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[jawn-tee, jahn-] /ˈdʒɔn ti, ˈdʒɑn-/
adjective, jauntier, jauntiest.
easy and sprightly in manner or bearing:
to walk with a jaunty step.
smartly trim, as clothing:
a jaunty hat.
Origin of jaunty
1655-65; earlier jentee, juntee < French gentil noble, gentle, genteel with ending taken as -y1
Related forms
jauntily, adverb
jauntiness, noun
unjaunty, adjective Unabridged
Based on the Random House Dictionary, © Random House, Inc. 2015.
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Examples from the Web for jauntiness
Contemporary Examples
Historical Examples
  • The lawyer's jauntiness dropped off, as if a modicum of respect for this man had found its way into his calculating soul.

    The Mayor of Warwick Herbert M. Hopkins
  • She tried to be jaunty, but the jauntiness did not ring quite true.

    The Galaxy Primes Edward Elmer Smith
  • Scupper, sure that he was not actually going to be hit, escaped with an ease and jauntiness which he was far from feeling.

    The Penalty Gouverneur Morris
  • He had lost the jauntiness of his air, but he was still dignified.

    Love in a Cloud Arlo Bates
  • His face brightened up, his crestfallen manner merged happily into jauntiness, his self‑respect was restored.

    The Silver Butterfly Mrs. Wilson Woodrow
  • For the moment all the jauntiness and exuberance had been drained out of him.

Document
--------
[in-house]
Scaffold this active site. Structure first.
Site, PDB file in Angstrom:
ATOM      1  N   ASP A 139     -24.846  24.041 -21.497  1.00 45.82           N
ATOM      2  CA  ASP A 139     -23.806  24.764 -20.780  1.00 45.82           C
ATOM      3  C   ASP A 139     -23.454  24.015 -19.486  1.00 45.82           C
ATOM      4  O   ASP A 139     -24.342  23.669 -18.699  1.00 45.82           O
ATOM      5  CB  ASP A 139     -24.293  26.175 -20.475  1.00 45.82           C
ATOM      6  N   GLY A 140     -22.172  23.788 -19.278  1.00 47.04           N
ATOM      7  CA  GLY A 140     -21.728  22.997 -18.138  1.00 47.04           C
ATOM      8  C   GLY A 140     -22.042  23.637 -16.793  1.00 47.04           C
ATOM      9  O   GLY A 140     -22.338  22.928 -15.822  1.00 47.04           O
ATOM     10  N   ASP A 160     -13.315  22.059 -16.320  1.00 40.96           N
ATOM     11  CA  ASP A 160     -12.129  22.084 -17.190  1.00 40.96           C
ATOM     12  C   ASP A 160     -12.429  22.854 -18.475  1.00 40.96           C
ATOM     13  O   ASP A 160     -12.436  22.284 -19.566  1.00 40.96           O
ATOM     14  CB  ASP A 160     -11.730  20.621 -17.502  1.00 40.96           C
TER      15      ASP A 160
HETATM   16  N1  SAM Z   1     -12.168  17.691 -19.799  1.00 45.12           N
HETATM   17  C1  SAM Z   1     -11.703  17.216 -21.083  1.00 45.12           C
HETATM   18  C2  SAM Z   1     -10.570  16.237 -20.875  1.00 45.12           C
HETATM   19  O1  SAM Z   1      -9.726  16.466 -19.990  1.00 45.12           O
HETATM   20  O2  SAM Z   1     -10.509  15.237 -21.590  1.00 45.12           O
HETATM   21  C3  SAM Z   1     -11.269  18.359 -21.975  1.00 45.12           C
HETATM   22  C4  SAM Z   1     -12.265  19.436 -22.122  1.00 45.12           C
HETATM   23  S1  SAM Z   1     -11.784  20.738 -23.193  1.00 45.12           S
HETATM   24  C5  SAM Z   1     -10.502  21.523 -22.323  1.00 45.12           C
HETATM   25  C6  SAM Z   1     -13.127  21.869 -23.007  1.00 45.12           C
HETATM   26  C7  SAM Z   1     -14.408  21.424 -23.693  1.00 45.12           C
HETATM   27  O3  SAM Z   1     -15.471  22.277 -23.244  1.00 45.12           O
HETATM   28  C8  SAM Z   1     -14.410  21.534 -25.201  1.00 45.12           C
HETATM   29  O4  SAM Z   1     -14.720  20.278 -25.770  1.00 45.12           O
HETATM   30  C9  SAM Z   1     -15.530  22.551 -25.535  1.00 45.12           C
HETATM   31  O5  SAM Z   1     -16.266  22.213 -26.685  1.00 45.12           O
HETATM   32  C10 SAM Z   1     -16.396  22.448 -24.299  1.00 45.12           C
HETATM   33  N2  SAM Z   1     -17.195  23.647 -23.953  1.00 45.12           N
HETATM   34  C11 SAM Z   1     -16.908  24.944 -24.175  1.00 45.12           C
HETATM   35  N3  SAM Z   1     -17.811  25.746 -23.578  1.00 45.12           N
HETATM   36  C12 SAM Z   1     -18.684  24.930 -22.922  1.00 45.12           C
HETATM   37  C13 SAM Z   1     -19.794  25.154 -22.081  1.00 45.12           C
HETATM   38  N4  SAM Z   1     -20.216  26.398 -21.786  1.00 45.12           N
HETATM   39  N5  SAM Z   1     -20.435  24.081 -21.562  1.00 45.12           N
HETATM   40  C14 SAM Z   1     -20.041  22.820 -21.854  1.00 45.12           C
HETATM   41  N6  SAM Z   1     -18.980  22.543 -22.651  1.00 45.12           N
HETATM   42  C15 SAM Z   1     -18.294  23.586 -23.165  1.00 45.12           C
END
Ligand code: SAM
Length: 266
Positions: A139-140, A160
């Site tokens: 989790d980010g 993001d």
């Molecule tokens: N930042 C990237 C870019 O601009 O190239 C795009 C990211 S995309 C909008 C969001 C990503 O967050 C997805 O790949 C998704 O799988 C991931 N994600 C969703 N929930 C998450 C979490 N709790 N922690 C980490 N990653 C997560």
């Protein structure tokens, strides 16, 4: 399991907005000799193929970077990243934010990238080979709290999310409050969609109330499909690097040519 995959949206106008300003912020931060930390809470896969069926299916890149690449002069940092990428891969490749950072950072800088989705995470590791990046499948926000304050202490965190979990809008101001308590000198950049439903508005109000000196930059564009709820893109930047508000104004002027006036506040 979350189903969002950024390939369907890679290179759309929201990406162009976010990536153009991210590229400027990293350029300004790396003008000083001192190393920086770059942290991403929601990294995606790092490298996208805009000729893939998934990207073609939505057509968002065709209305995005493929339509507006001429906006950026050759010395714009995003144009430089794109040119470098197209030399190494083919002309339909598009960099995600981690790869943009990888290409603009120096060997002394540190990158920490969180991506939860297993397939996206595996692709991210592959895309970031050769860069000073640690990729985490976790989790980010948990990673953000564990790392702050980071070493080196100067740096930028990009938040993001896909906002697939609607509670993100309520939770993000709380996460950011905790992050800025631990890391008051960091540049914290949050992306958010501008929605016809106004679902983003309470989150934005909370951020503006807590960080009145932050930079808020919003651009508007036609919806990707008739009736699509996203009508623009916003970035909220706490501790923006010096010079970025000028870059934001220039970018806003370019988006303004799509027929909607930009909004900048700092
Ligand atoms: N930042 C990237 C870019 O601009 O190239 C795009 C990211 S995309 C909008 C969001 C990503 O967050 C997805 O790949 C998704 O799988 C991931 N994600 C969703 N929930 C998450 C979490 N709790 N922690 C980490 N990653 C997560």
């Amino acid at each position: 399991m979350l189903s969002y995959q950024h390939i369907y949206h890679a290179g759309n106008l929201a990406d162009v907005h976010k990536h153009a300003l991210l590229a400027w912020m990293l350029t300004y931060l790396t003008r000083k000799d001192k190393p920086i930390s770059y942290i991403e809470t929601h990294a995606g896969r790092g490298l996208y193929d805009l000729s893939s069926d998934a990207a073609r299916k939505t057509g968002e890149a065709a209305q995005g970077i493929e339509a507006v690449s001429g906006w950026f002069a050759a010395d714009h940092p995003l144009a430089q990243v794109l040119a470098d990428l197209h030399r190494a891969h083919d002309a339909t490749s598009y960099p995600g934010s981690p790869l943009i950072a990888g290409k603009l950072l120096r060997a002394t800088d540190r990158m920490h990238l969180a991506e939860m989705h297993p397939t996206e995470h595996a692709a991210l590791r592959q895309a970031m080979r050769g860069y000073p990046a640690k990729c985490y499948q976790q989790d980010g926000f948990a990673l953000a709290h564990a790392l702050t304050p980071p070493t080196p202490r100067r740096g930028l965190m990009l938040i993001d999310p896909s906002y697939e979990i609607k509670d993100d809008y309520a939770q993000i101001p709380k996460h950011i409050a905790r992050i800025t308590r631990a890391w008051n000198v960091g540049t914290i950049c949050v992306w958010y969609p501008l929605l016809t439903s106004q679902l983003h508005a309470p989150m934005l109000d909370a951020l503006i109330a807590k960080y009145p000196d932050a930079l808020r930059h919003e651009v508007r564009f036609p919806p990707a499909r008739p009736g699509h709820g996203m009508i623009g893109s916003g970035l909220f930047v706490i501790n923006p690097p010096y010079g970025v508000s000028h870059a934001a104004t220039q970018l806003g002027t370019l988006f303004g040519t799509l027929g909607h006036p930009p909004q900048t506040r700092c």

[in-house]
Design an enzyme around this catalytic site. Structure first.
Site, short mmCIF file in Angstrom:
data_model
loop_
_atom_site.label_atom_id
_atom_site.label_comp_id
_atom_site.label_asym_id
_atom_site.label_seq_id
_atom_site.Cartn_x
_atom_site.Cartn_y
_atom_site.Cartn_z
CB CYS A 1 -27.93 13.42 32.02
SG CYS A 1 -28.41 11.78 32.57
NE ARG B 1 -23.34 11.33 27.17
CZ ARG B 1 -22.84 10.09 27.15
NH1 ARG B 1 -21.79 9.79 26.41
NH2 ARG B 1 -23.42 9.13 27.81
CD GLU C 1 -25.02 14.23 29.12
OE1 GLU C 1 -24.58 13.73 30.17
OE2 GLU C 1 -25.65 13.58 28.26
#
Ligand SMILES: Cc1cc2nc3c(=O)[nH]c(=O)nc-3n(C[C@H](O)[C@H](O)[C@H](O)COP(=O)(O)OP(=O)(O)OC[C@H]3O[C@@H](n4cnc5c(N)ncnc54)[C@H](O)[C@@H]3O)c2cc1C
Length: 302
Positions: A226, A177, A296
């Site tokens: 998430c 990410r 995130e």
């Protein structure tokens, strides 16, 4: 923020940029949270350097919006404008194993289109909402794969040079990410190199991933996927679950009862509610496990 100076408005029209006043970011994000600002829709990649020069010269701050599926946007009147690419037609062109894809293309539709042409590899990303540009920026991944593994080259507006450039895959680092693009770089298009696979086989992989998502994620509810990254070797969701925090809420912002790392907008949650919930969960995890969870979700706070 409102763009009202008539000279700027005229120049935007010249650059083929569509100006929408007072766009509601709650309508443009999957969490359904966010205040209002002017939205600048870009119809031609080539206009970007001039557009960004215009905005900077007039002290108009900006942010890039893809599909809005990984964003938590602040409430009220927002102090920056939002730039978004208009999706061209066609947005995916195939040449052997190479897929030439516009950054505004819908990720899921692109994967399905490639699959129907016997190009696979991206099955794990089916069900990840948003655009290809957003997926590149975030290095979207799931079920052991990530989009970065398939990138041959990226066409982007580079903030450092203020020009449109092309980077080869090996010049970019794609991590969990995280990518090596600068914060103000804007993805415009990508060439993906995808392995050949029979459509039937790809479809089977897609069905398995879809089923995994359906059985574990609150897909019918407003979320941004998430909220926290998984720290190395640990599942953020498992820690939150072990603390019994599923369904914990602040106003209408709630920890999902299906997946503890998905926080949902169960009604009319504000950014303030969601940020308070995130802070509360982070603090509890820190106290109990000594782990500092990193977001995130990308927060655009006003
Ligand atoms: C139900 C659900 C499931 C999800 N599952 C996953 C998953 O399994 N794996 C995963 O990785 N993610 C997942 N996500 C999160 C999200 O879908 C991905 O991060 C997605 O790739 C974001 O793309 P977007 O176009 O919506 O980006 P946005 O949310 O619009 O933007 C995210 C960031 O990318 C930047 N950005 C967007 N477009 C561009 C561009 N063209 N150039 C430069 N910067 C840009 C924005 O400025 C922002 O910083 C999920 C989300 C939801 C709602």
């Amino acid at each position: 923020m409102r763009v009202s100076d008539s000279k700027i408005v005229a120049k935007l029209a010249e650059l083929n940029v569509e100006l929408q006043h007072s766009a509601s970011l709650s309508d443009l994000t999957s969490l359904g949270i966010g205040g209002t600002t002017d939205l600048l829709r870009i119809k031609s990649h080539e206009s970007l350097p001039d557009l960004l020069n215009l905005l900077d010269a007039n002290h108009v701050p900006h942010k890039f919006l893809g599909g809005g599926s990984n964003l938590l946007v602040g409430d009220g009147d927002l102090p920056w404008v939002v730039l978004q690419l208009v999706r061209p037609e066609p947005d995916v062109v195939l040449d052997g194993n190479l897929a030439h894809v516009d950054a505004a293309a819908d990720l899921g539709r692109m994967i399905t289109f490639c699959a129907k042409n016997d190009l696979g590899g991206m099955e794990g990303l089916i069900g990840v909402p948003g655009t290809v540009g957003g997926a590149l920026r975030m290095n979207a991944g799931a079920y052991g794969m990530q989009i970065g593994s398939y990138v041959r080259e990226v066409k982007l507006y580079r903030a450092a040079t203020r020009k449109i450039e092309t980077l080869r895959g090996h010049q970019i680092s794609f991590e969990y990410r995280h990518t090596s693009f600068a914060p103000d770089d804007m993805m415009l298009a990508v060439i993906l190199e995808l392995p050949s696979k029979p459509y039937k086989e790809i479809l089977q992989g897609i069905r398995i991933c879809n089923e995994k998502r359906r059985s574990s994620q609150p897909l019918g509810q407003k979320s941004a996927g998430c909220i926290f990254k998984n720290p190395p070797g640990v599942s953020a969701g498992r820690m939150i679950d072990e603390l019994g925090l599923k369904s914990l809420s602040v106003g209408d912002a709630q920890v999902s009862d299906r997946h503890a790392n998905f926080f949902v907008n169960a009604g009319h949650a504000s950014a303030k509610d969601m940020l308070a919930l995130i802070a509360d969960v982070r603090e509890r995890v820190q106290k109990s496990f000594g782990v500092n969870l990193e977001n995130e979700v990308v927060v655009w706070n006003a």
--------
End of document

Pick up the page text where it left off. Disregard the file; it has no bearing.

Mike P. G. Wodehouse
  • The young fellow's figure was superb, and held with a military precision and jauntiness.

    Stories That End Well Octave Thanet
  • “Naughty, naughty,” said Ellis, but his tone had lost some of its jauntiness.

  • She began to attempt, off Lundy, the spring and jauntiness of a trawler.

    The Sea and the Jungle H. M. Tomlinson
British Dictionary definitions for jauntiness


adjective -tier, -tiest
sprightly, self-confident, and cheerful; brisk: a jaunty step
smart; trim: a jaunty hat
Derived Forms
jauntily, adverb
jauntiness, noun
Word Origin
C17: from French gentil noble; see genteel
Collins English Dictionary - Complete & Unabridged 2012 Digital Edition
© William Collins Sons & Co. Ltd. 1979, 1986 © HarperCollins
Publishers 1998, 2000, 2003, 2005, 2006, 2007, 2009, 2012
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Word Origin and History for jauntiness



1660s, "elegant, stylish," from French gentil "nice, pleasing," in Old French "noble" (see gentle). Form reflects attempt to render the French pronunciation of gentil. Meaning "easy and sprightly in manner" first attested 1670s. Related: Jauntily; jauntiness.

Online Etymology Dictionary, © 2010 Douglas Harper
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